If you’ve ever been caught in a thunderstorm without an umbrella or a raincoat, you’ll know how miserable you feel. However, unless you catch pneumonia, you can recover pretty quickly. The same can’t be said for your finances.

The expression “Saving for a rainy day” has been around for about 400 years, so lets just assume there is some wisdom to it. A rainy-day fund, or emergency fund, is what keeps you afloat during bad times. Sadly, for many Kiwis, their rainy-day fund is simply their next payday. How much you should have varies. Some experts say enough for 3 months of living expenses, but even a few thousand will help.

You can’t plan for the unexpected, but you should expect your plan to go pear-shaped. Events that can affect your finances include time off work due to illness or accident (ACC only pay 80%), car repairs, a car accident, breaking a tooth, appliances breaking down, medical events, excesses on insurance claims or the loss of a job.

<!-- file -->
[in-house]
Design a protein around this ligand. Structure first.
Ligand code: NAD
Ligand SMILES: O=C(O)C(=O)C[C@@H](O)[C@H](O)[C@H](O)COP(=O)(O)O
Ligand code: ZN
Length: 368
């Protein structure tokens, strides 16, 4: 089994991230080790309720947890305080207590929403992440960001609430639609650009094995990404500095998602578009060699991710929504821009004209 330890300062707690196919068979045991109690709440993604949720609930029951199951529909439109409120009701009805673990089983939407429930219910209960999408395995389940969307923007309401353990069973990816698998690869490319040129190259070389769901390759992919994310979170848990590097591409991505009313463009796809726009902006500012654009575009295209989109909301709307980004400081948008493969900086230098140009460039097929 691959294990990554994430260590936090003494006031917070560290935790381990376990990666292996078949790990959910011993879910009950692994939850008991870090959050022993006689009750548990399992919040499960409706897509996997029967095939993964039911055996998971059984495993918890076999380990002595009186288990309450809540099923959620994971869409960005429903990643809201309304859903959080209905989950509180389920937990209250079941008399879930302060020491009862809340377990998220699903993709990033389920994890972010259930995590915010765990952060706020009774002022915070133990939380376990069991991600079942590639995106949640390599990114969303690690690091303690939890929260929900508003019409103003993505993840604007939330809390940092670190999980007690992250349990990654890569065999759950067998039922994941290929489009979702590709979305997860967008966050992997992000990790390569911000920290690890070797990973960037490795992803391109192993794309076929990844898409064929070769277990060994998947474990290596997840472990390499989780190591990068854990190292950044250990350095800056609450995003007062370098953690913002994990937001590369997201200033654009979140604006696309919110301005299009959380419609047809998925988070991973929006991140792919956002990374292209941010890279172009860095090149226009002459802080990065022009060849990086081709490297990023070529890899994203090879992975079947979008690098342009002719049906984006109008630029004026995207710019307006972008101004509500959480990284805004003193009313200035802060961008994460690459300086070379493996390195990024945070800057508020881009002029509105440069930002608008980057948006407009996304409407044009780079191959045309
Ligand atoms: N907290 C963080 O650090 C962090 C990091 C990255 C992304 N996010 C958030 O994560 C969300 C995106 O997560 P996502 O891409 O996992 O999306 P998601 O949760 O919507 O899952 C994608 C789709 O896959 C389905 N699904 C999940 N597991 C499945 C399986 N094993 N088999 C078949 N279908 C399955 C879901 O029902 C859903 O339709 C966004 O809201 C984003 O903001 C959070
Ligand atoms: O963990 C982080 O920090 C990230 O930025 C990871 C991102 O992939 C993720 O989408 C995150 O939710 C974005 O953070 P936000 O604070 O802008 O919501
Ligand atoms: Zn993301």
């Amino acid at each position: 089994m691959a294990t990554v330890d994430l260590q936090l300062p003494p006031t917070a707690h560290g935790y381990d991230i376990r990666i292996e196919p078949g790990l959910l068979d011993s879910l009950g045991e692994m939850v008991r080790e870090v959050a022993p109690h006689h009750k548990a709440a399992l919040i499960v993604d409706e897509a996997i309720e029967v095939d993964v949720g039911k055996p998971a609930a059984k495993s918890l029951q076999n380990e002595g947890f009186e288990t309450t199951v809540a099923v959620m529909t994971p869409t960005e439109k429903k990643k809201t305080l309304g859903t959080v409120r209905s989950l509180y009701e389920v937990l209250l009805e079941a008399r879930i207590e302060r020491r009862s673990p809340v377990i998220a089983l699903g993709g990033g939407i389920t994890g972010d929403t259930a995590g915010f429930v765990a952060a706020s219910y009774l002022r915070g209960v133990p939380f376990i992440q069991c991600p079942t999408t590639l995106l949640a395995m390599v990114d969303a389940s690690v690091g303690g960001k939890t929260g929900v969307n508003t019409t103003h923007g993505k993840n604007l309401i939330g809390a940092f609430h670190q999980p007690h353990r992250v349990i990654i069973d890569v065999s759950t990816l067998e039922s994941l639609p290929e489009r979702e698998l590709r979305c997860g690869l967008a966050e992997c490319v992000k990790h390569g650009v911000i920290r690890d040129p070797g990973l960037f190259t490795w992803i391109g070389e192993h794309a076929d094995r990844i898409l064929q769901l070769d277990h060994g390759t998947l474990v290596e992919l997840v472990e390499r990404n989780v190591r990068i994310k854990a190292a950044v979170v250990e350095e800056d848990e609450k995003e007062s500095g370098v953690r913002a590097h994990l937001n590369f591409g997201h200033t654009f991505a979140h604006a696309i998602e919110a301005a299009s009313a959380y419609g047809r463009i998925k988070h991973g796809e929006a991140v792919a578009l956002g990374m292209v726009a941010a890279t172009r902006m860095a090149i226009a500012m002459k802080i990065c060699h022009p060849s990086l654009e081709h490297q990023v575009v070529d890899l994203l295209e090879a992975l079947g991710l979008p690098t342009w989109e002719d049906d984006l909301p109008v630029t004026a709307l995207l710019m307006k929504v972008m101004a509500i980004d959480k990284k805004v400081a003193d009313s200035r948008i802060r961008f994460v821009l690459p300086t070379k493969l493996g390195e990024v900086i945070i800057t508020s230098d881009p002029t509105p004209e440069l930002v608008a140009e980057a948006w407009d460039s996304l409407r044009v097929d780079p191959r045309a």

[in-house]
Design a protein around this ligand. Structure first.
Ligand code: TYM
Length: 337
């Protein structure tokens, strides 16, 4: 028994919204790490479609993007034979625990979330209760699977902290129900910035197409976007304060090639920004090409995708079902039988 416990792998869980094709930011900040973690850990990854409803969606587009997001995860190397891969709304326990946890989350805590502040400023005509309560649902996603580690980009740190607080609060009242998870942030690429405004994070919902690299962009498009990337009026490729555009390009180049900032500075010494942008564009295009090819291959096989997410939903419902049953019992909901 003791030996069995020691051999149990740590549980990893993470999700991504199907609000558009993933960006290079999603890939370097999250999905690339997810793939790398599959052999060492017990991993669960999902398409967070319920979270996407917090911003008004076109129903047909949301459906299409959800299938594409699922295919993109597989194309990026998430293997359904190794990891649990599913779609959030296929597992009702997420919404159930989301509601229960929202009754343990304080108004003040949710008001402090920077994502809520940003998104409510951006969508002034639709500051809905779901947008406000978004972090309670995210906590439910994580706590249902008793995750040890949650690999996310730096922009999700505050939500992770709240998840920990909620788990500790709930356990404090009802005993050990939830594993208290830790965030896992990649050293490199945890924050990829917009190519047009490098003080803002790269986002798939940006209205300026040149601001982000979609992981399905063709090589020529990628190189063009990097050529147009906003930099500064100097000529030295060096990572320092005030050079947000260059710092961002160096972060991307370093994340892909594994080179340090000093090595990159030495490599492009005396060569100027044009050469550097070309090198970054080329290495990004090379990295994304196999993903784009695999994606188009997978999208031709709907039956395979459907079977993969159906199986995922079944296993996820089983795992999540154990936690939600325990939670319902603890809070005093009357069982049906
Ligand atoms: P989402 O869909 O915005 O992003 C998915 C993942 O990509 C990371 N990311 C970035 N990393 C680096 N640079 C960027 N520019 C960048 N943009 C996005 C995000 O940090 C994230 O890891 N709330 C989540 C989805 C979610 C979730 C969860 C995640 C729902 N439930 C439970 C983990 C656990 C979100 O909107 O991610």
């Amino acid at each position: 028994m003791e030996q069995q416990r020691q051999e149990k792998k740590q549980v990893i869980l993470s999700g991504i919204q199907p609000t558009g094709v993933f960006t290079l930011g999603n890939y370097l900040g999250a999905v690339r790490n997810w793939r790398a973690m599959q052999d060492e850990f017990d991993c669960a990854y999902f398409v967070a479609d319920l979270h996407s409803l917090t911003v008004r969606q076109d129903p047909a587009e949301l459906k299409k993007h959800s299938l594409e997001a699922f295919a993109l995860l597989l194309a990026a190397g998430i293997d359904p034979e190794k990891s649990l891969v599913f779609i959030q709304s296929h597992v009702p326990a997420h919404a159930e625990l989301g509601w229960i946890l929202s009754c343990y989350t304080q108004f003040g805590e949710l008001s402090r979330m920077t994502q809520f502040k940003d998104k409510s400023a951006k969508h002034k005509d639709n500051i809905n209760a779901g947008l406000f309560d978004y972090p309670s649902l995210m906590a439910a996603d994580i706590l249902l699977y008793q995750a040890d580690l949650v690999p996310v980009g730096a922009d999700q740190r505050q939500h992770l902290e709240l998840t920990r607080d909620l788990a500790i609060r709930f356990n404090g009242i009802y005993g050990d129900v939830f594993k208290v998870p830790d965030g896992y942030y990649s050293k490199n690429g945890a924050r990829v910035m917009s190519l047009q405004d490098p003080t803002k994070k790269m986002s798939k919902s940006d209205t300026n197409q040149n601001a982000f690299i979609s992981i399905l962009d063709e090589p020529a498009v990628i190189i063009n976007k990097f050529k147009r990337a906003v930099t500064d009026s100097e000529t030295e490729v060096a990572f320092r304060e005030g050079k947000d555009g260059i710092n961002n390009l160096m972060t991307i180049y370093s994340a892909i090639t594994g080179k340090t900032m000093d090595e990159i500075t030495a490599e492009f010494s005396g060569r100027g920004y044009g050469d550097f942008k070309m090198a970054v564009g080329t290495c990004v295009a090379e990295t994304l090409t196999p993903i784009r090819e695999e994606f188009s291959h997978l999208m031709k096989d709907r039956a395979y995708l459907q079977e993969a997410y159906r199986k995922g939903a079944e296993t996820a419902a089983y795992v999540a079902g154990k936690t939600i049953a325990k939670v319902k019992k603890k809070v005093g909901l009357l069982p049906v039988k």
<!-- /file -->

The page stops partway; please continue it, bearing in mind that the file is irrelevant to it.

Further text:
A cash reserve should be the first part of your financial planning. There is no point in putting money into KiwiSaver if a sudden cash emergency means you have to use a high-interest credit card or a payday lender who charges up to 600%. If you don’t have a rainy-day fund, now is the time to start. Put a small amount away each week. Most banks allow you to rename your accounts, so call it what it is to avoid the temptation to use the funds for something else.

Make sure that the next time it rains on your finances, your bank account won’t get sick.

Mark Lynch is a Financial Adviser. His Disclosure Statement is available free upon request. Any comments in this column are the opinion of the writer and should not be construed as financial advice.


Saving for a Rainy Day